Tuesday, November 15, 2011

Finally weaving

The good news is that all the oil that can be removed is off the Rena, container ship that ran aground off Tauranga Harbour, and any left will be "mopped up manually".  I do hope the mopping happens on board and not on the beaches.  Container removal starts today but with over 1300 containers and only 6 being removed per day it will take a while.  The spine of the Rena is broken so the fear is a storm could turn the whole situation to custard.

I finally got to sit at my loom last week and produced 5 metres of fabric which I'm calling wisteria.  This was the culmination of all the sampling I did during the winter of interleaved and echo warps.  I really can't say it is echo as I broke all the rules (as usual).  The warp had been wound with one thread wool and the second thread has some fibre which didn't take the dye (acrylic probably as I gave it the bleach test) so it was an echo of the main thread.  Unfortunately the threads had stuck together slightly so I had to stand and separate all 520 6 metre long threads before winding them on.  Wool is questionable to use for echo weave anyway but because it was now slightly fluffy it couldn't be sett as close as it should have been.  I did cut off a sample and wash it vigorously before preceding.  Putting all the elements together- the painted warp, echo weave threading, the warp sett I'm very pleased with the result though it is yet to be fulled.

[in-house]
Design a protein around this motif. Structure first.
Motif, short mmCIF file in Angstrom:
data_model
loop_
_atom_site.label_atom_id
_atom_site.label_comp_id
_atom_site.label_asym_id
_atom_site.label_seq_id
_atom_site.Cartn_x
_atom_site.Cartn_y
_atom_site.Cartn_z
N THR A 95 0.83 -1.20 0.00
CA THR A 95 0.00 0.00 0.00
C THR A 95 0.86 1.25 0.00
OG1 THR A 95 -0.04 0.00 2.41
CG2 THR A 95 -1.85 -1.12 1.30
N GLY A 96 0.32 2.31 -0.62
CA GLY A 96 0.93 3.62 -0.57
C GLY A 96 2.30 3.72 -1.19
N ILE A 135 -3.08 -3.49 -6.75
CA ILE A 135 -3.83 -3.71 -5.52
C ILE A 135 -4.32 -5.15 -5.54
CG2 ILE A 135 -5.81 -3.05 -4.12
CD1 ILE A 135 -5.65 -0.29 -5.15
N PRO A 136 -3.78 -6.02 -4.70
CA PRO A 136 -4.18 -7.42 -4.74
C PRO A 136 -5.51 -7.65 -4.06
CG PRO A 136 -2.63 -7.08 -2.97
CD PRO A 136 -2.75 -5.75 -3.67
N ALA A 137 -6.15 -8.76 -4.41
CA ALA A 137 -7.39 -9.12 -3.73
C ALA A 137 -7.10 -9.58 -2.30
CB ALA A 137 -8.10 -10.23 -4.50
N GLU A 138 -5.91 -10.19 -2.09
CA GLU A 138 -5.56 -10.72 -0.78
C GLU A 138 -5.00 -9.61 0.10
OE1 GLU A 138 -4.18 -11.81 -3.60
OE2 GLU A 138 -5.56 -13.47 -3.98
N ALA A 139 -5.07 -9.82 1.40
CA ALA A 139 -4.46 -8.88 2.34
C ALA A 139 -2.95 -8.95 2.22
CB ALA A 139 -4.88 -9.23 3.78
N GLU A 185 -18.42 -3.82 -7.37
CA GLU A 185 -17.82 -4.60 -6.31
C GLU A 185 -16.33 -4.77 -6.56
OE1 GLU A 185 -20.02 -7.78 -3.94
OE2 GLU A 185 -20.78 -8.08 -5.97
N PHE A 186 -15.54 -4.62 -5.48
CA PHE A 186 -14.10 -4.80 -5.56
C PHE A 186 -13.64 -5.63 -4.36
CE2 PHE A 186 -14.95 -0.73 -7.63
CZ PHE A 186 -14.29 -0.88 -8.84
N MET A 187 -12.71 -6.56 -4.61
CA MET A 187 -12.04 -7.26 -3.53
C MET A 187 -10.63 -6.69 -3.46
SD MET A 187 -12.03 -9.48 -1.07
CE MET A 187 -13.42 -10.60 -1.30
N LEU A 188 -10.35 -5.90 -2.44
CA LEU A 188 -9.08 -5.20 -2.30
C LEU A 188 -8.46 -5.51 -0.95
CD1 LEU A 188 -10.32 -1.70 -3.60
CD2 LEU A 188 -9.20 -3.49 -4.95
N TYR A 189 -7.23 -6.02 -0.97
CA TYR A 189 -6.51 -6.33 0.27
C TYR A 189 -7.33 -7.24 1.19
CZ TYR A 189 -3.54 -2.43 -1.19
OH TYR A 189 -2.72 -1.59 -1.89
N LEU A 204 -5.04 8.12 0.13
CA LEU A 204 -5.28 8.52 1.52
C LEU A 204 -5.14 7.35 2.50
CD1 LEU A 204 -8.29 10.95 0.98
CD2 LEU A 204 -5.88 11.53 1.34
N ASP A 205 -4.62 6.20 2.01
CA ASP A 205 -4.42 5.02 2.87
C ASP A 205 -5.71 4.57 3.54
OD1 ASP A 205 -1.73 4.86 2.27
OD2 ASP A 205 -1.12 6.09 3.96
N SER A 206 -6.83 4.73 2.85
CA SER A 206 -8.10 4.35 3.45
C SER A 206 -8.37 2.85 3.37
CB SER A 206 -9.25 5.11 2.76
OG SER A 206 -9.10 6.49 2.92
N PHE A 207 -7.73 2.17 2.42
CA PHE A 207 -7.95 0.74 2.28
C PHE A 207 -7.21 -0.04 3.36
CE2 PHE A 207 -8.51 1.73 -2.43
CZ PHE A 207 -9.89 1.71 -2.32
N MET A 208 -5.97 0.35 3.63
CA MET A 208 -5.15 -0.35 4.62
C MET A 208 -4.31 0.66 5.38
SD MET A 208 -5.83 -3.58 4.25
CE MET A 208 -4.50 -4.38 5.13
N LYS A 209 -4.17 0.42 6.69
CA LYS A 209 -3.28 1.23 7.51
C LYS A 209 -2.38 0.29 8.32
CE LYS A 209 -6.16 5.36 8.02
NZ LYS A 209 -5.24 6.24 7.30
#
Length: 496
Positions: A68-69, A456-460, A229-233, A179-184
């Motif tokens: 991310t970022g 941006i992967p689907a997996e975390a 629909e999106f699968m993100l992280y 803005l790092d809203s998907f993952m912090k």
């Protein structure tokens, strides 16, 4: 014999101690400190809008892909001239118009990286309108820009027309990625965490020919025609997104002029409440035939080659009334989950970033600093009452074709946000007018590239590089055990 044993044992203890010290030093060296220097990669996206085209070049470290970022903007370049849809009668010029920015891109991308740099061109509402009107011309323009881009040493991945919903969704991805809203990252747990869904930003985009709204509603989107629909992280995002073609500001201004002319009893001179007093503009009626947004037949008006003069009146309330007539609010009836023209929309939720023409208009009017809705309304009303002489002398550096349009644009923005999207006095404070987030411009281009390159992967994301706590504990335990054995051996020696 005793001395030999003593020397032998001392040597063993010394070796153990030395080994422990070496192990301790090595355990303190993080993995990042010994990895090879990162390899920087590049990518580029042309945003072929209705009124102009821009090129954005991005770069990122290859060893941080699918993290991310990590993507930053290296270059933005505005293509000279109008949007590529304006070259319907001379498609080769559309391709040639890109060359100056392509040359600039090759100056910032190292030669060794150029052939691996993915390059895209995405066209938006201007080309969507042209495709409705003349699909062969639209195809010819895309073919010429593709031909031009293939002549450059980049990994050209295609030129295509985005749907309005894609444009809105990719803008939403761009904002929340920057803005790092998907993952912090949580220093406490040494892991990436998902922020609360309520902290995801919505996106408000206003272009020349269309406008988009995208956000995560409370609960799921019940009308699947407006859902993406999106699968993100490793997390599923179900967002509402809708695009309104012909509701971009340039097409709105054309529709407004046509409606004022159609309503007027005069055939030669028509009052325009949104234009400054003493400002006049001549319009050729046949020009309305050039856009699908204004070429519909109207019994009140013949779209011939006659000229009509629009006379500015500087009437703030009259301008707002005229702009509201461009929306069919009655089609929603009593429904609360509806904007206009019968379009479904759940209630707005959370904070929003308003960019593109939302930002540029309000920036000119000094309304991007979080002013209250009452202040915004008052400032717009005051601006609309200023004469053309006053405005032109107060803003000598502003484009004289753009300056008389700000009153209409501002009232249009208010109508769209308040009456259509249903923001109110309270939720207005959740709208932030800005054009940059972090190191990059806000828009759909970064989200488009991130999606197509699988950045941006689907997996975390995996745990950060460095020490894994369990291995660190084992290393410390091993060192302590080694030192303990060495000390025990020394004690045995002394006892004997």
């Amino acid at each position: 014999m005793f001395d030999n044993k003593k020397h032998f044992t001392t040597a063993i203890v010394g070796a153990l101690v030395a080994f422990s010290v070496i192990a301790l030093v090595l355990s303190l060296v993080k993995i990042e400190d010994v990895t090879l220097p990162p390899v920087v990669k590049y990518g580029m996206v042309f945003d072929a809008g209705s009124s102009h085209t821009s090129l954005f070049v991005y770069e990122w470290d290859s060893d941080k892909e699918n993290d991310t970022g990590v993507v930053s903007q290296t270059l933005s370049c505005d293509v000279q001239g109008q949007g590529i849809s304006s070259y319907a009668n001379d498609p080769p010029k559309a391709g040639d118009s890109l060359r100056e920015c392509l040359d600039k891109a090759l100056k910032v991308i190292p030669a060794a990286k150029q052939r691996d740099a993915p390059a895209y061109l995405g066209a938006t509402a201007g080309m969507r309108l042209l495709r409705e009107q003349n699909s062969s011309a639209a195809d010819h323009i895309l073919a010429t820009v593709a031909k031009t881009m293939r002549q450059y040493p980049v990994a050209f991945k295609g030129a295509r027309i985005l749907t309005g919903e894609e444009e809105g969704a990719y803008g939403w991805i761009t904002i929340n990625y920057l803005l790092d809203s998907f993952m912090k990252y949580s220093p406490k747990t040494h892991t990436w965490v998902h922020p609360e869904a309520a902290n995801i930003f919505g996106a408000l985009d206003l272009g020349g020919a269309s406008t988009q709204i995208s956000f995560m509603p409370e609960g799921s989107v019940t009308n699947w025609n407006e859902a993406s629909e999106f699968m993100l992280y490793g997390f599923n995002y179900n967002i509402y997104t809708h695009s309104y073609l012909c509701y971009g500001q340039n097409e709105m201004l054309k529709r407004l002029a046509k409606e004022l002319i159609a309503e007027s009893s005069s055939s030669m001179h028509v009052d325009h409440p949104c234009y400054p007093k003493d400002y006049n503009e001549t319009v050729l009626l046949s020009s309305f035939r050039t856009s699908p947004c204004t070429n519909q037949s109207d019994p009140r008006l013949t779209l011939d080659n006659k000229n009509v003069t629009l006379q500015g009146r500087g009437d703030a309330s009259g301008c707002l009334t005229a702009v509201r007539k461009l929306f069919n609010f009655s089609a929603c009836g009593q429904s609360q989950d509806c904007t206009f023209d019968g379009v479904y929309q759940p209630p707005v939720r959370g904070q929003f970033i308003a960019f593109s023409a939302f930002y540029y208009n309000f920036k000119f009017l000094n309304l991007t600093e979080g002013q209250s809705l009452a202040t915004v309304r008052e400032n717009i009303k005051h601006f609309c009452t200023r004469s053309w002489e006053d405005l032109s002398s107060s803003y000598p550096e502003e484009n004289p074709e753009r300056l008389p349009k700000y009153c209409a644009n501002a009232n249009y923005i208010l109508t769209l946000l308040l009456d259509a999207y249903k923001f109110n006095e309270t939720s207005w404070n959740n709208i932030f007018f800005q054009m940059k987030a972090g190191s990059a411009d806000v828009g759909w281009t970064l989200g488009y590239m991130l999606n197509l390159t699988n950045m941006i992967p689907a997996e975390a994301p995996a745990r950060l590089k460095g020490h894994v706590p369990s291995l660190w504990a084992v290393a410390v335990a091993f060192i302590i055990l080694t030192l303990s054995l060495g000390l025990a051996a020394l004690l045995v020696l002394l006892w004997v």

In the evenings I've been knitting a jumper for Jack who, we've found out, is allergic to wool and acrylic.  Not what you want to hear when his GranD has a house full of wool.  Our last two days of holiday were a stop over in San Francisco and as luck would have it Arftibers was just around the corner from our hotel, not even a block away.  I had arrived in fibre heaven, there were bins and bins of thread and sample squares knitted of each variety and complete garments on display.  I shouted Jack (note how I shift the blame) some recycled denim thread.  Its rather soft to work with compared to other denim threads I've used.  Also some silk for myself.

And finally I just heard that Peter Gordon, London based master chef, bought my kereru blanket from Pauanesia (go to gallery) as a gift for himself.  I'm one proud cookie! 

1 comment:

  1. Hi Dianne,

    Thanks for your encouraging comments on my blog! I just saw your Pauanesia blankets - just lovely!!! Congratulations on the exciting sale and thanks for posting your Greek trip details - I love vicarious fiber travel.